Nov 152011
 

Site Safety during Demolition-Part E

If you have to do some demolition work before you build, Part E is the section of the National Building Regulations that you need to familiarise yourself with. But really all it states is common sense and caution.There are only three elements that are covered: 1 – demolition itself, 2 – making sure basements are safe during and after demolition, 3 – prohibition of dangerous methods of demolition. And if you contravene any of these, or ignore any notices, conditions or orders that relate to the demolition, you will be considered to be guilty of an offence.

Demolition of a Building

First and foremost you have to get permission from your local authority before you can demolish a building or solid structure on your property.

Very often the local authority will give permission, but at the same time impose specific conditions that must be adhered to according to Part F of the National Building Regulations – Site Operations.

Essentially the sub-regulations they normally refer to are those that relate to the safety, health and convenience of the public, and those that aim to prevent damage to property, which might include neighbouring buildings, not just the structure that you are wanting to pull down.

The building regulations state categorically that nobody is allowed to leave any build that is in the process of being demolished, or which has been demolished, in a dangerous condition. Again this is primarily to protect members of the public as well as neighbouring properties.

If the local authority finds that the site is dangerous in any way, they can serve a notice requiring you to immediately make it safe, and if you don’t, they can do the necessary work and then hold you liable for costs.

Safeguarding Basements

Basements can cause great challenges during and after demolition, particularly when a building is flattened to ground level. In this event the owner of the property must ensure that there is safe lateral support for the sides of the basement.

Prohibition of Dangerous Methods

Safety is paramount, and the local authority will decide whether or not you may use a particular demolition method. For instance blasting in a built-up suburb may be considered a danger to either other buildings or people, or both. If they do not allow a particular method to be used, the owner of the property is entitled to a relevant reason, in writing.

>

>

Site Operations

  26 Responses to “Demolition Work”

Comments (26)
  1. Hi,

    We are busy doing a re-branding project for a big petro-chemical company. Only internal walls are being demolished and we’re not changing the footprint or roof over the existing building. The building inspector from the local authority is now demanding a demolition permit – even though we are NOT demolishing the building. We’ve been doing similiar projects across Southern Africa and never before has this been required.She is now threatening to stop the construction. The building regulations aren’t quite clear on this matter. What is your opinion?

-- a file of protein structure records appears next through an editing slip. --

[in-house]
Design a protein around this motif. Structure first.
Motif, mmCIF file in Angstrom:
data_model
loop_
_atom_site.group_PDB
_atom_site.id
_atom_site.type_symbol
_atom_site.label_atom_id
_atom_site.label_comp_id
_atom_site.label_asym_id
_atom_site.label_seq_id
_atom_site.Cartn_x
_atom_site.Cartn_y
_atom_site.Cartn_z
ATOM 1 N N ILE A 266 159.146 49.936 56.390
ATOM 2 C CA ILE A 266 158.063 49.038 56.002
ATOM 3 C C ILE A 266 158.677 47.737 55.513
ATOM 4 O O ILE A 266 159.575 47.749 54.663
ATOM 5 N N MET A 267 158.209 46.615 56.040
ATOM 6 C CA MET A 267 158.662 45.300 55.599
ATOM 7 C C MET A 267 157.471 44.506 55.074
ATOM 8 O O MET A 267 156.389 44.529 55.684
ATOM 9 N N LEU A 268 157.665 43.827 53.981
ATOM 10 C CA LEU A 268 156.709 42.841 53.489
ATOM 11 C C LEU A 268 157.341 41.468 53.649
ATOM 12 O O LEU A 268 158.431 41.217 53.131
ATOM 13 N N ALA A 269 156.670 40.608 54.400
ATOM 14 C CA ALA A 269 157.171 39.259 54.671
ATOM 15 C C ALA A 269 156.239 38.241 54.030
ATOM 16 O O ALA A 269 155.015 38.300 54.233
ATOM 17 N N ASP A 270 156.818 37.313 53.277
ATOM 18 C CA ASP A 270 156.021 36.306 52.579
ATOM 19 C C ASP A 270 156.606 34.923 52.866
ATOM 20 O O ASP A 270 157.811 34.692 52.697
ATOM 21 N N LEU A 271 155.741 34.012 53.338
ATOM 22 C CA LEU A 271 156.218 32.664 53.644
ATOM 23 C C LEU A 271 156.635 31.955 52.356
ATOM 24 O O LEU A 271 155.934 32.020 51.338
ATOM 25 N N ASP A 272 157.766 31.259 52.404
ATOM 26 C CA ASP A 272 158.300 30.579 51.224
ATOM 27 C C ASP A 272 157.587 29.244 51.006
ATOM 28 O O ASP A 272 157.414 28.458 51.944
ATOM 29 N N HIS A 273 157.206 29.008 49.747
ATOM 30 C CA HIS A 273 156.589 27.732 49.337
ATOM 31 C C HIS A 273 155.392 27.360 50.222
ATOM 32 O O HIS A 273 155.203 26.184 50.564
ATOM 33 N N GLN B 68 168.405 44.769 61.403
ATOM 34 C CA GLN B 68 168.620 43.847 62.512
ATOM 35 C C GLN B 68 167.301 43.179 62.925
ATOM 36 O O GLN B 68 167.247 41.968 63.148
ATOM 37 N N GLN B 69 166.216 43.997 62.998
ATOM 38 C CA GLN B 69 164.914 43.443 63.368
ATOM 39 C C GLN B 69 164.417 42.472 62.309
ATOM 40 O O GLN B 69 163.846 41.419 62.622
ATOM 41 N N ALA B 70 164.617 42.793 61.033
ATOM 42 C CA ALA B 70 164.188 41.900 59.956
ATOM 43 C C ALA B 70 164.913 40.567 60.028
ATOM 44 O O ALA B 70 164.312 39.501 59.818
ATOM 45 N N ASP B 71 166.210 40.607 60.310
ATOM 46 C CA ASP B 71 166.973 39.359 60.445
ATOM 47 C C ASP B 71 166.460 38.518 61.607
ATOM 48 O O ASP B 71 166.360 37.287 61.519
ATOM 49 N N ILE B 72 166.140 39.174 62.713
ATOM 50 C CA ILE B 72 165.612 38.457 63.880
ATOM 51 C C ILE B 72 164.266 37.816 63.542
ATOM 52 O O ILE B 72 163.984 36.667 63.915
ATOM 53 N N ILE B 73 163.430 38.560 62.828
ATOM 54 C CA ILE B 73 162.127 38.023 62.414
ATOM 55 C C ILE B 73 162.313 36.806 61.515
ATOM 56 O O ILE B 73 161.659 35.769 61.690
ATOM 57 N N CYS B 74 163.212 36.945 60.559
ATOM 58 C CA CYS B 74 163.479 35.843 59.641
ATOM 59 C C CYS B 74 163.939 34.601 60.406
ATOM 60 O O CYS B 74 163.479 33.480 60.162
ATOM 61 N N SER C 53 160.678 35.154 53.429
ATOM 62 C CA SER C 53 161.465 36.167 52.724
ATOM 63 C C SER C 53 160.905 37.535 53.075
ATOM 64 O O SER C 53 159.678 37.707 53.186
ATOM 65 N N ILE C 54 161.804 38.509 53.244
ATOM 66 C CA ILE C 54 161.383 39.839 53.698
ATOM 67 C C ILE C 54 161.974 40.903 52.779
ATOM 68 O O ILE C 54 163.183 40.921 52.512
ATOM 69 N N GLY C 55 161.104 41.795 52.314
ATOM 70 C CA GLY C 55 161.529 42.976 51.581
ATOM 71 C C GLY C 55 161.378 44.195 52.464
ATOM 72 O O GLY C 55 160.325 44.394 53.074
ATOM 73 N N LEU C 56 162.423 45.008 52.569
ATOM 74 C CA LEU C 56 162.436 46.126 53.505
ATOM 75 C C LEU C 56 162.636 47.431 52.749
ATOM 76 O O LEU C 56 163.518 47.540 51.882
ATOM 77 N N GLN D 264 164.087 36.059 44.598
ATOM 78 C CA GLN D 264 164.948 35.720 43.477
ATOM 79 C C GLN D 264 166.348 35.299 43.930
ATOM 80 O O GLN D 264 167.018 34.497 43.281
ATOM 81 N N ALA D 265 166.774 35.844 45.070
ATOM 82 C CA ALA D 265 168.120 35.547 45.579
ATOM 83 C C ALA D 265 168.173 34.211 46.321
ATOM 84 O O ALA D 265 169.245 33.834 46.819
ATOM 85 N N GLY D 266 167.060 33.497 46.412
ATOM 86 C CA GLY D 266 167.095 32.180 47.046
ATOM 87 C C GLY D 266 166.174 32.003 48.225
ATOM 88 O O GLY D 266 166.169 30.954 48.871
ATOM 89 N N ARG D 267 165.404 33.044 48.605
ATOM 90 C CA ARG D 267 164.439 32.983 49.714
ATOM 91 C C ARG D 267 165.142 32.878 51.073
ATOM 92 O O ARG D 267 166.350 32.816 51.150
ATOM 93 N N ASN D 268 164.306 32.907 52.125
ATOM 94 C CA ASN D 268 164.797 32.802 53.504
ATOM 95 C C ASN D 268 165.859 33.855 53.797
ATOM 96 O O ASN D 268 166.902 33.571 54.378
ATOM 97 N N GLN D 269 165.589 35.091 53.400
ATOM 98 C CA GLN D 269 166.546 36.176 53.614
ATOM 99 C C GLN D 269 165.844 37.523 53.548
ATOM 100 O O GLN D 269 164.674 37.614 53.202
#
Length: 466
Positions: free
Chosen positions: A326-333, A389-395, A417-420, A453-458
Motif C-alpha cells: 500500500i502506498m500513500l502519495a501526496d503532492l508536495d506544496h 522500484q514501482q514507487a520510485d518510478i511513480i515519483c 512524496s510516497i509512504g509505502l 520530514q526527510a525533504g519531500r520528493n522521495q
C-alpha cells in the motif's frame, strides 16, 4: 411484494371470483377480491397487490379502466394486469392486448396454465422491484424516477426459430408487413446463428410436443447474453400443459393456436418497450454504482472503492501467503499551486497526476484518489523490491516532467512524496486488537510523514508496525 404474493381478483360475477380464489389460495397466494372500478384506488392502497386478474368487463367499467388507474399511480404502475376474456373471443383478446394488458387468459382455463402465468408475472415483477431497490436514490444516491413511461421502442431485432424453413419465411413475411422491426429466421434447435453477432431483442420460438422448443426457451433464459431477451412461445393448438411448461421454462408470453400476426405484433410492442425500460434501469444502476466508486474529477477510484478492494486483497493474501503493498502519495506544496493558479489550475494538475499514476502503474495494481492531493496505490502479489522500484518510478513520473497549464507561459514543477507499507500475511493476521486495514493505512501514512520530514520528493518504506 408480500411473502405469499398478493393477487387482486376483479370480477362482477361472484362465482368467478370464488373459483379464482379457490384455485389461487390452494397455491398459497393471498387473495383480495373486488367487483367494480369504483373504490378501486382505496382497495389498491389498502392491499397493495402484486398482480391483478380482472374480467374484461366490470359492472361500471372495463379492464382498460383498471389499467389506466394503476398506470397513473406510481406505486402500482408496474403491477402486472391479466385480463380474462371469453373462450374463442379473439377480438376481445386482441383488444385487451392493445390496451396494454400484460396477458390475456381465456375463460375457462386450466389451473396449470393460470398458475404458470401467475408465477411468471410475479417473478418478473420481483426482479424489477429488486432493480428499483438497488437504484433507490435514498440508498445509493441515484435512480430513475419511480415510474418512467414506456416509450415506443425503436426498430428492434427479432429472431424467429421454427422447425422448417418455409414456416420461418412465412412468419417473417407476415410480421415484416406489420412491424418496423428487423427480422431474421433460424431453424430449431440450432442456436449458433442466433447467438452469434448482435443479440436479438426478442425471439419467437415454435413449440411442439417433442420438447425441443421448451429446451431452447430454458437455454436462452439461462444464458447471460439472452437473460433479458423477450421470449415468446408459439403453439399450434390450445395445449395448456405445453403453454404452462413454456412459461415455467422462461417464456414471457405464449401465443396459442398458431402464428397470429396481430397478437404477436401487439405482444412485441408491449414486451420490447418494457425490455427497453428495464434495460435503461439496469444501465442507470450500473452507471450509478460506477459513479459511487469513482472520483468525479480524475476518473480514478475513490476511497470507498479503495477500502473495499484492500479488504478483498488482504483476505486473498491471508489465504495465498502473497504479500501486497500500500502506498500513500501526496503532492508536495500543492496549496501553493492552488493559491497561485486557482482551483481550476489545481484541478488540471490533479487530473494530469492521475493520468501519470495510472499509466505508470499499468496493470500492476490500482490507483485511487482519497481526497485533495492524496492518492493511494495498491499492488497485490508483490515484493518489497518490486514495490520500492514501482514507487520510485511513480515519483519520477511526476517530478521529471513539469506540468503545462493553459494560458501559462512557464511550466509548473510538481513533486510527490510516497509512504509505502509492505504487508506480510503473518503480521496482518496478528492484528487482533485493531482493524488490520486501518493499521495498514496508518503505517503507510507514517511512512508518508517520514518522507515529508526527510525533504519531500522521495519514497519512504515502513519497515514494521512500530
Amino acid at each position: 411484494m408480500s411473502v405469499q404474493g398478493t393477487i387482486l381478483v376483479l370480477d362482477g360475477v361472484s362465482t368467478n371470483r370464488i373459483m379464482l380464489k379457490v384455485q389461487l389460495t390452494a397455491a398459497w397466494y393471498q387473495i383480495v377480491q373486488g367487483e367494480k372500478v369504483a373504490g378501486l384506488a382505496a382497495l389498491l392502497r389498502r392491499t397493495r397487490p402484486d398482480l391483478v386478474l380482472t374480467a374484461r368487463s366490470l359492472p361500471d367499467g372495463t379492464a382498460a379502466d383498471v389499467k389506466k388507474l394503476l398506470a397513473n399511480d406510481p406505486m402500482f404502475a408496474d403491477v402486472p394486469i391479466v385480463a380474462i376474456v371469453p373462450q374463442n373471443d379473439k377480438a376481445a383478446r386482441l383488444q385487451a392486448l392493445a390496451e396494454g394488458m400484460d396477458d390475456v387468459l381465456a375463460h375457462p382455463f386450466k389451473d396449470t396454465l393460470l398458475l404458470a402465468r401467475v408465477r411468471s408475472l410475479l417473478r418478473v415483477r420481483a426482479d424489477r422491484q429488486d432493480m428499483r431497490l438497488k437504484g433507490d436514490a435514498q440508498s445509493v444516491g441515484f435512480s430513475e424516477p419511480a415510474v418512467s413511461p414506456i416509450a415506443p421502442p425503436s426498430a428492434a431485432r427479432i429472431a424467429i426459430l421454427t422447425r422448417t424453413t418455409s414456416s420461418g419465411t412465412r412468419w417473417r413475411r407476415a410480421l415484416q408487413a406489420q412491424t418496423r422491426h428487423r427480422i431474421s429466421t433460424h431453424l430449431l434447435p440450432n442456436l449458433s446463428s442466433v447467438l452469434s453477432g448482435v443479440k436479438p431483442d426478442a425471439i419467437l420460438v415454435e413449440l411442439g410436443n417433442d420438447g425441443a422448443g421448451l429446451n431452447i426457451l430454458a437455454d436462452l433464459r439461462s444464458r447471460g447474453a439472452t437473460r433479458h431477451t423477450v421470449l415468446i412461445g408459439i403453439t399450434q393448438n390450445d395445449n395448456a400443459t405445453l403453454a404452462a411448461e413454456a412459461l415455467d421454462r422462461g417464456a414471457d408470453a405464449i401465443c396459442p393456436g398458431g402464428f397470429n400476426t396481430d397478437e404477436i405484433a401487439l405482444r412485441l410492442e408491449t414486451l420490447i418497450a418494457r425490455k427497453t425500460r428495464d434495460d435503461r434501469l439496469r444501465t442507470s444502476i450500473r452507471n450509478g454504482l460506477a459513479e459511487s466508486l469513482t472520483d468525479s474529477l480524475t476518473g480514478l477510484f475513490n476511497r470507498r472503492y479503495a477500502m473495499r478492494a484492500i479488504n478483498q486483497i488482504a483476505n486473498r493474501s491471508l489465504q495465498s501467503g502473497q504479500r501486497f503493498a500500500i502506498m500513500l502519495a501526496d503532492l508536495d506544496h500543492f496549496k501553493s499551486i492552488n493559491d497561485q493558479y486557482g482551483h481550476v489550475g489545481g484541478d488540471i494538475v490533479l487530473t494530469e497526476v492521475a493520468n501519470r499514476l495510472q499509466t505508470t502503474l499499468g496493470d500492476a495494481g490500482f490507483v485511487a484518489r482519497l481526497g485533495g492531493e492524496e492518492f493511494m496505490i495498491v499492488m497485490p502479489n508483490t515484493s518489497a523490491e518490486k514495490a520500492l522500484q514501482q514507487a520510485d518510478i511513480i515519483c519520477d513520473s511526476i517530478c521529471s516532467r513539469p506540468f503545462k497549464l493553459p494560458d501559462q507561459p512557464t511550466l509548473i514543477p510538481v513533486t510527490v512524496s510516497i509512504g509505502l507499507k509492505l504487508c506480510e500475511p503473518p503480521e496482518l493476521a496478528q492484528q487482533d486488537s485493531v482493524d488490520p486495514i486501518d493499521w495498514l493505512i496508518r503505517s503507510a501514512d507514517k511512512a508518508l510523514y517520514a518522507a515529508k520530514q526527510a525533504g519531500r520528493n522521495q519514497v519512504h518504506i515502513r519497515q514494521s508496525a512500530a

• Marius unfortunately my opinion is irrelevant. The local authority has the last say. Perhaps they want to be sure you won’t be demolishing load-bearing walls, and the only way to be sure is to have a permit.

  2. Hi there

    Do you need council permission to demolish illegal (ie. no approved building plans) structures?

  3. Hi,

    I’m trying to get hold of SANS 10400 E. I’ve looked online and phoned SABS directly and they say there is currently no such document.

    Is it something that does exist or is it only a planned document for future?

    Thanks

    • Nope there is no SANS 10400-E and nothing planned for the future. It does go in an alphabetical list but if you have a look on our home page there is a list of all available SANS docs. These are only available from the SABS.

      • Hi Janek,

        Thanks. I work for a company that has company access to all the SABS codes. Where would I be able to find part E of the National Building Regulations? The other parts are all in the codes but I’m battling to find the regulations on demolition.

        Thanks

        • Kim, as you probably know, the Building Regulations & Standards Act is the legislation. SANS 10400 are the so-called codes that explain how one can ensure one complies with the law. Part E (as explained in this post) is from the Act – the SABS has not given any guidelines in terms of compliance. That’s why you can’t find anything. The same applies to Part U: Refuse Disposal. I guess it’s left pretty much to the interpretation of the local authority.

  4. hi
    im Bongani from a company colled Bukamuso services

    im working on a tender to demolish a hall in norh west Klerksdorp

    i need advices as to how to go about quoting for Preliminarys & generals
    and occupational health & safety and constraction regulations.